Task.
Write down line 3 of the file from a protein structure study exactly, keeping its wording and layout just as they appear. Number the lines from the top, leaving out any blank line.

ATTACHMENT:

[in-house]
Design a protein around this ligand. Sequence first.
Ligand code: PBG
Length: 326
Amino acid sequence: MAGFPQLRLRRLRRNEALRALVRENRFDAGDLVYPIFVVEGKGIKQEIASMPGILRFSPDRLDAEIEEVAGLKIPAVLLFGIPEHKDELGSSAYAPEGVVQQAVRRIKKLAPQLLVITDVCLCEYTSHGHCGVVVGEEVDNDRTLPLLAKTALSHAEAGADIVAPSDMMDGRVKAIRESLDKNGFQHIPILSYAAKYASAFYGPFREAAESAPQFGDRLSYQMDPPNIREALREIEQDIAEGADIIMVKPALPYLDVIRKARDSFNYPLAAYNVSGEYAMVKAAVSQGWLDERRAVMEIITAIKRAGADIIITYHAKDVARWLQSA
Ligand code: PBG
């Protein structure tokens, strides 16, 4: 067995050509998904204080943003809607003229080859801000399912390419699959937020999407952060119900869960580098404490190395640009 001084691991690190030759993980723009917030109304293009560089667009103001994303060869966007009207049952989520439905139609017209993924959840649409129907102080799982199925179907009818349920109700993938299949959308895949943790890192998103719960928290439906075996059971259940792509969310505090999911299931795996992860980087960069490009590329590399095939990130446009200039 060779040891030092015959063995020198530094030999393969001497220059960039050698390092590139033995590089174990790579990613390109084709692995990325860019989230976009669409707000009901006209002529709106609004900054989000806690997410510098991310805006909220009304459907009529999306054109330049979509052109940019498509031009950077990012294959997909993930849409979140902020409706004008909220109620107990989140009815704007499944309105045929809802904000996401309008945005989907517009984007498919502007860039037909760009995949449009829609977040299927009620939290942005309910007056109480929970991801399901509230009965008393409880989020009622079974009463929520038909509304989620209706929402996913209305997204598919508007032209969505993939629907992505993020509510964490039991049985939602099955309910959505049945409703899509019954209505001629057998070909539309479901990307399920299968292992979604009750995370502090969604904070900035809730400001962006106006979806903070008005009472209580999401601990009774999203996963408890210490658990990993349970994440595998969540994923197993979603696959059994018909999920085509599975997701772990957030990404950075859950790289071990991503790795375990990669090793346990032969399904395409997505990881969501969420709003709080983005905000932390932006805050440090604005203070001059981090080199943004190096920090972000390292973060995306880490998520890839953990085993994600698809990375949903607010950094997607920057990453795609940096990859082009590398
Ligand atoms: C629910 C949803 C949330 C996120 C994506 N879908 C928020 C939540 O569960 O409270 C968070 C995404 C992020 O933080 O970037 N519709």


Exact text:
Ligand code: PBG